Destiny Reddit Has Turned on Destiny 2 After Just Two Weeks

The Destiny Reddit forum was a jubilant place immediately following Destiny 2's launch. With the game receiving plenty of praise from critics and righting many of the wrongs of its predecessor, it was a happy, pleasant time for the game's active online community. That time now appears to have come to an end.

While there are still plenty of players enjoying Destiny 2 (I count myself among them), browsing the game's online forums paints a different picture two weeks following its launch. r/DestinyTheGame, the subreddit for all things Destiny related, is currently littered with complaints about more-or-less every aspect of the game. The Nightfall is being taken to task, its Leviathan Raid has been criticized, the new mod system has been thrown into question and its Crucible has been taken to task, too.

It has resulted in the Destiny Reddit front page consisting of around 95% complaints, a far cry from the overwhelming praise heaped upon the game on the same forum in the few days following its launch:

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Though it's not exactly unusual to see complaints on a video game forum, the intensity of the criticisms levelled at Destiny 2 compared with the reaction upon launch is interesting. It seems that many of the players who are now criticizing Destiny 2 have funnelled between 100 to 200 hours into it post-launch, which is still plenty of time to feel like you've got your money's worth out of a game, but those sold by the game's MMO leanings would likely want more out of it.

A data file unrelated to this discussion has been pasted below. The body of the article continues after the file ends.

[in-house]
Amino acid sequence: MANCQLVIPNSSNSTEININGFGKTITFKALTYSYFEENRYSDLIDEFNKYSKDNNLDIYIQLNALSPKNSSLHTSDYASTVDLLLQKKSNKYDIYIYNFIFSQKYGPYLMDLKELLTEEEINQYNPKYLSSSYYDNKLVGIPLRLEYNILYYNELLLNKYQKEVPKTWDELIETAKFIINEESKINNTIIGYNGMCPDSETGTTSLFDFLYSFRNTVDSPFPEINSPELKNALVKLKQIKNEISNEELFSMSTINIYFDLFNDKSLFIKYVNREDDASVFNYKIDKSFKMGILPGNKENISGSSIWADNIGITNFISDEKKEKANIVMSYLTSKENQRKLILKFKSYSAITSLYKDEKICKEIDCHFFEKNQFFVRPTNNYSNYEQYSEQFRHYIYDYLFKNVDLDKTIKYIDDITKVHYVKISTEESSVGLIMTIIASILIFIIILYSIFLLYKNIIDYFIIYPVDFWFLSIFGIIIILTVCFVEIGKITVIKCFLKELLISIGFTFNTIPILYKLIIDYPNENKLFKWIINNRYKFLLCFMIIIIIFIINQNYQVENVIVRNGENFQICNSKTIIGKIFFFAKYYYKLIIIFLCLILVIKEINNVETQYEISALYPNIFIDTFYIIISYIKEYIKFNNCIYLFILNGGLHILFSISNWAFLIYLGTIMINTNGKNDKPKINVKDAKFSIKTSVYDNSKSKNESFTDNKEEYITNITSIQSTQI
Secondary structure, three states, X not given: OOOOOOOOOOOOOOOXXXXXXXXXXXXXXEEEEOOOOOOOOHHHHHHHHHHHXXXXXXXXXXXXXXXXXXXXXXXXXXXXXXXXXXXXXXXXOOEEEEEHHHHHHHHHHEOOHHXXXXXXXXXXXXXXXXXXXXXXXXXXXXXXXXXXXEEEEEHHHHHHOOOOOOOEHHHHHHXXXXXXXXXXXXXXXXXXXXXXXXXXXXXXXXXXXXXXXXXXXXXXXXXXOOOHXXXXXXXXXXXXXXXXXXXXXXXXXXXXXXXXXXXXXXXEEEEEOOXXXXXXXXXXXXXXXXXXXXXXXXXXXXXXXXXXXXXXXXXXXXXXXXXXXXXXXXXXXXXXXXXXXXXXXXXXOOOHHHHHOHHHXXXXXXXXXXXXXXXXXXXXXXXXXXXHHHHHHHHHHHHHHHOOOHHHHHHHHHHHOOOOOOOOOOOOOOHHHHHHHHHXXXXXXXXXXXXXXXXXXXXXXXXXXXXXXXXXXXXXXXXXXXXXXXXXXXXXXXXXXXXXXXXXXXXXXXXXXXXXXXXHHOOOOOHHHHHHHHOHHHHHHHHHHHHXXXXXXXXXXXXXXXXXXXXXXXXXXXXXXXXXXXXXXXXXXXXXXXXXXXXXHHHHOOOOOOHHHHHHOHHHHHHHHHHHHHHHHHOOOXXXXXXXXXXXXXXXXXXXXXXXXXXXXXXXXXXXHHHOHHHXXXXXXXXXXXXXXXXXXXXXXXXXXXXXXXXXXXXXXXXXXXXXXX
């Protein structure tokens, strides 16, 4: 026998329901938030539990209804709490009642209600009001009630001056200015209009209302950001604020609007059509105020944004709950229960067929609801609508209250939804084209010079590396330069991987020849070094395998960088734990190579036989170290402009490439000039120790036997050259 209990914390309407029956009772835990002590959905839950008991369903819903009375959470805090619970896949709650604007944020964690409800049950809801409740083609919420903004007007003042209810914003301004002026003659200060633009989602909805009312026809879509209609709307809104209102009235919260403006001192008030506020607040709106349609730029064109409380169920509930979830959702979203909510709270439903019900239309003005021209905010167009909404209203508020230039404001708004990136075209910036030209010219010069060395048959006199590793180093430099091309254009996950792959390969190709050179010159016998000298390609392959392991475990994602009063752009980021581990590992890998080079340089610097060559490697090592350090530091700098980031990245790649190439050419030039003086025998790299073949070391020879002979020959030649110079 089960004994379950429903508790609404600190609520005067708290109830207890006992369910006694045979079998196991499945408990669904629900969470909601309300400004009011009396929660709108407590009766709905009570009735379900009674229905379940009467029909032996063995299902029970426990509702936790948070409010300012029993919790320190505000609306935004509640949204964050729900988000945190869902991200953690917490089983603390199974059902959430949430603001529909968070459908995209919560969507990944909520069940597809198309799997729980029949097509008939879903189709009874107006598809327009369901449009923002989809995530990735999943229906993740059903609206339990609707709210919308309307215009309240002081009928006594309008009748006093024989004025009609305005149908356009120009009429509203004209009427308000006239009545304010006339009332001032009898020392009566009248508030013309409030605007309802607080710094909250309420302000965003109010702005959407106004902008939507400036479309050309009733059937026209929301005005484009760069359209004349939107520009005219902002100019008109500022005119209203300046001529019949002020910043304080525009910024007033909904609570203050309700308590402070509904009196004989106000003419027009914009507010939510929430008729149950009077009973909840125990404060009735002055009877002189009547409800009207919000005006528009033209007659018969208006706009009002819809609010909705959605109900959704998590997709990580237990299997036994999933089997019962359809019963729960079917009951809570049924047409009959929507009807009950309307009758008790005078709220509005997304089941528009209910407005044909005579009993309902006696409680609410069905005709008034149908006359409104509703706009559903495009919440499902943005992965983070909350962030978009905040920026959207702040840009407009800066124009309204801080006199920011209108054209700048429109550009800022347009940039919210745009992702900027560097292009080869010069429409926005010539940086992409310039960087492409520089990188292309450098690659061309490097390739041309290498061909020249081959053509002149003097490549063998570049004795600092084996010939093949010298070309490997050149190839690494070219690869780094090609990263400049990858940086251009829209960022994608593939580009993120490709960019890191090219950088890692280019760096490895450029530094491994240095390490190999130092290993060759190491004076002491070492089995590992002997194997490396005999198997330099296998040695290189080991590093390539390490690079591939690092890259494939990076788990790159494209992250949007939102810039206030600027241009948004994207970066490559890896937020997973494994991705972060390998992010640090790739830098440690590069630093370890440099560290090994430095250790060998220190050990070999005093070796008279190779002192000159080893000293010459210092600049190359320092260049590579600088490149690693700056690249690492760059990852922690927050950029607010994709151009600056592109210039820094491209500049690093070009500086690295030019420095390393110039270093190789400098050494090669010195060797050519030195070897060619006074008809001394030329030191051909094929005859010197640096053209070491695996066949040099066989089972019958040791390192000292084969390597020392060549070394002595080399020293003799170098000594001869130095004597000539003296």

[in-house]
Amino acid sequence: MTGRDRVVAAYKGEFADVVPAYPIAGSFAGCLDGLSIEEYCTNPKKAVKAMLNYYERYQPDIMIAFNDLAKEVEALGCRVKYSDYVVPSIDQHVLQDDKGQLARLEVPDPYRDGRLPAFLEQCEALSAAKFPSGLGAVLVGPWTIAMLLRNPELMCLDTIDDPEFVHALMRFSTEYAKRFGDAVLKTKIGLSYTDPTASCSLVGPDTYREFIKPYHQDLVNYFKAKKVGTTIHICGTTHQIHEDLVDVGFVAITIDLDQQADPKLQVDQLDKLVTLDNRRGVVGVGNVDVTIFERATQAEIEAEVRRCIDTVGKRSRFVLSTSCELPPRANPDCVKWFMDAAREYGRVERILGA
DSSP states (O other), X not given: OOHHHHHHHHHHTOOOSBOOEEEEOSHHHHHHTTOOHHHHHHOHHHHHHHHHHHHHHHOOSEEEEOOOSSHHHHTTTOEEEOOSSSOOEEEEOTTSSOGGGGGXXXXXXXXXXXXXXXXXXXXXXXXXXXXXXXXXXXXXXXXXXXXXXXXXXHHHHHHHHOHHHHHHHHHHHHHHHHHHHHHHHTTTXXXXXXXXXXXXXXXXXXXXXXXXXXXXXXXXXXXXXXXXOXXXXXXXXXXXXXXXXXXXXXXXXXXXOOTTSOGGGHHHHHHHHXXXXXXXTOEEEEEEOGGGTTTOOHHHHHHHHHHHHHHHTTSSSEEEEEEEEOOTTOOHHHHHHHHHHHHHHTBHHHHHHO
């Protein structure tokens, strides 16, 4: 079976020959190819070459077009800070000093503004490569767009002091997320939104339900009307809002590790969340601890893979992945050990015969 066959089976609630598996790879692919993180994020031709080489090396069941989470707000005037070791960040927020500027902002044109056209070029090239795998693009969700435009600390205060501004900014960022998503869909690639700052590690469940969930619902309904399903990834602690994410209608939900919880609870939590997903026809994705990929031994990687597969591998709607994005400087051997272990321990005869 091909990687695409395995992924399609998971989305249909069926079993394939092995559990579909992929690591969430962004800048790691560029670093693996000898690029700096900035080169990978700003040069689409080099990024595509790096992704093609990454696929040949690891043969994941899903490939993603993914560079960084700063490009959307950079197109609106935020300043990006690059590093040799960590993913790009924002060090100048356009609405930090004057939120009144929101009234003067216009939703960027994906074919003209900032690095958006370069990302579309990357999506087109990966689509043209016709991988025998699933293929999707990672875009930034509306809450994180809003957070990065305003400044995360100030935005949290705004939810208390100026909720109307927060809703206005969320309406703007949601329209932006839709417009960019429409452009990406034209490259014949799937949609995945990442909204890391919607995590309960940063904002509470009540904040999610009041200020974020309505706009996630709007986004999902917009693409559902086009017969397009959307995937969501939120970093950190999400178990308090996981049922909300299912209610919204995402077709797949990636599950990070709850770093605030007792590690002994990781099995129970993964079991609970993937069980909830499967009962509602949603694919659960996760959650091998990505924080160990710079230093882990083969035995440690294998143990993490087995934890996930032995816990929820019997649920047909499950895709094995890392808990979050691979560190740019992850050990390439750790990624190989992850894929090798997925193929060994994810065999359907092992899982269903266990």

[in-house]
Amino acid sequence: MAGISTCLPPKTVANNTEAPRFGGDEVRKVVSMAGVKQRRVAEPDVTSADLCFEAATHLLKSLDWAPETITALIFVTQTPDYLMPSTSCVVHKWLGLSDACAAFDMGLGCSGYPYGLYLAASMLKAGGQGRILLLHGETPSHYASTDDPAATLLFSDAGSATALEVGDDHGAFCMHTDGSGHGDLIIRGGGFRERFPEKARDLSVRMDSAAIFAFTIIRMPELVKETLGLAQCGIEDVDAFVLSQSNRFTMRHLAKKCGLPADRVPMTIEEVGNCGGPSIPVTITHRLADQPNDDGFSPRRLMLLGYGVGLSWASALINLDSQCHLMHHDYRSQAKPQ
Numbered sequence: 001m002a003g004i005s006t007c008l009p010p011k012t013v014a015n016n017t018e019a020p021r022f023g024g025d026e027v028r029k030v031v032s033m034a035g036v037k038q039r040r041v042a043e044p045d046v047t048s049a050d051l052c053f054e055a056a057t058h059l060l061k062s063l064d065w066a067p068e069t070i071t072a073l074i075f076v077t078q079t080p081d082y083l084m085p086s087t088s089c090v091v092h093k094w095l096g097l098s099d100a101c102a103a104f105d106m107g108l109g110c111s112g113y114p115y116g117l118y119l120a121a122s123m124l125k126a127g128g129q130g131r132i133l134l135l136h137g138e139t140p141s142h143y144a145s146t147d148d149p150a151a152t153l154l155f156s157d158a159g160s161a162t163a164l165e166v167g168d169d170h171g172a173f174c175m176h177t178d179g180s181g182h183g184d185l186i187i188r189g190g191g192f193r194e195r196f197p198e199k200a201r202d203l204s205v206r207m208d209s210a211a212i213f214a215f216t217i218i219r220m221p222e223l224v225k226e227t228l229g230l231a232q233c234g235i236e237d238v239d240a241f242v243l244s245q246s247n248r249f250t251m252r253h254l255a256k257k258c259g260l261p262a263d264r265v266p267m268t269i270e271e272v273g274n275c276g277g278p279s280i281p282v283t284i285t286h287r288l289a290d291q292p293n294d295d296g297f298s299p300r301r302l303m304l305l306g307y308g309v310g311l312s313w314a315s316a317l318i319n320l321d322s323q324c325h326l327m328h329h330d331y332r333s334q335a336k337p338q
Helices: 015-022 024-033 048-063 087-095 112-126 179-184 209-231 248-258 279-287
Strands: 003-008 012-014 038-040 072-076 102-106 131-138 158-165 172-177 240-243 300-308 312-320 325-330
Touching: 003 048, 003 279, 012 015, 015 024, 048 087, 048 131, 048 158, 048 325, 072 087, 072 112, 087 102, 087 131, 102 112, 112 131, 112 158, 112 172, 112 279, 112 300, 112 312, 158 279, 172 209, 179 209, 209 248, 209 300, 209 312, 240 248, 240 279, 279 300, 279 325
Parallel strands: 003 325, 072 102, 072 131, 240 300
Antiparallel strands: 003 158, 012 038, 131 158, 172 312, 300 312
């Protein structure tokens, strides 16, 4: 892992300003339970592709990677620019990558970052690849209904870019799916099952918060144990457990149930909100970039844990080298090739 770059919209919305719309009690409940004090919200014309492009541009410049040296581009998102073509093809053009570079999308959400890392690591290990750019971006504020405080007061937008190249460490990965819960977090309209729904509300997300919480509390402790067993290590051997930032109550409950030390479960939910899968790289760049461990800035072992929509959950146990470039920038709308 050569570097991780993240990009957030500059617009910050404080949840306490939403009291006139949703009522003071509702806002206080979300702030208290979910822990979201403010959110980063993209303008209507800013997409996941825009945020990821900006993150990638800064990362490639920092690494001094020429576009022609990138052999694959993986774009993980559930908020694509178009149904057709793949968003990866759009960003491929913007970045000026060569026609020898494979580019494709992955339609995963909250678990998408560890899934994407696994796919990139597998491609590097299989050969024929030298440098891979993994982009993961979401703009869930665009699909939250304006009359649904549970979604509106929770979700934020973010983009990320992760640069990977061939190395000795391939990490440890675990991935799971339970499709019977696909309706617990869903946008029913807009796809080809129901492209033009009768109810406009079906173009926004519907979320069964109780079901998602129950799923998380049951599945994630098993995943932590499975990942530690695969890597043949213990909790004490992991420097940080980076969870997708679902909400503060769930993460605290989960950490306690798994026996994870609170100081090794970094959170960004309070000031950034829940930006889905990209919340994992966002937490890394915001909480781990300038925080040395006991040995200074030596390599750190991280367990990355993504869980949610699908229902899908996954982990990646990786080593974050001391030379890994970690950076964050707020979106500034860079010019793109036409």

Also: Destiny 2 Raid Guide: The Solutions to Leviathan’s Royal Pools, Pleasure Gardens, and More

While the Destiny 2 story campaign and various other activities were much more engaging than the first game, it seems that many players have stopped enjoying the game now that they've completed the majority of its launch content, admonishing it as they would a standard MMO for not offering them hundreds upon hundreds of hours of stuff to do from right out of the gate.

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One top post among the flood of criticisms berated the controversy: "Reddit players make up, maybe, 1% of the D2 total community? Probably less. It is insane how predictable this community is, and how quickly people shift their perspective. All the no lifers that went on and on about how amazing this game was a week ago are suddenly sad? Bungie will try to satisfy ya'll (prestige nightfall/raid/trials/IB) but the vast majority of players probably haven't even finished the campaign.

"Think about that for a second. Like I have 2 irl friends that are casual as f*** and they're both like level 16-18. If you spend all of your time in this reddit community and think it is representative of the greater casual D2 community you're bonkers. Go outside for a bit. Take a break. There will be more content to do when you come back."

While many of the Destiny Reddit users have valid complaints about the game, it's interesting to see just how swiftly their perception of the blockbuster FPS has changed in such a short period of time. With many having piled hours into it since its launch on September 5, it seems that its endgame content has not been enough to satisfy a section of its community. However, with Bungie inevitably set to provide continuous updates to it the game the near future, it should only be a matter of time before those who have swiftly fallen out of love with the shooter are given more stuff to do in it.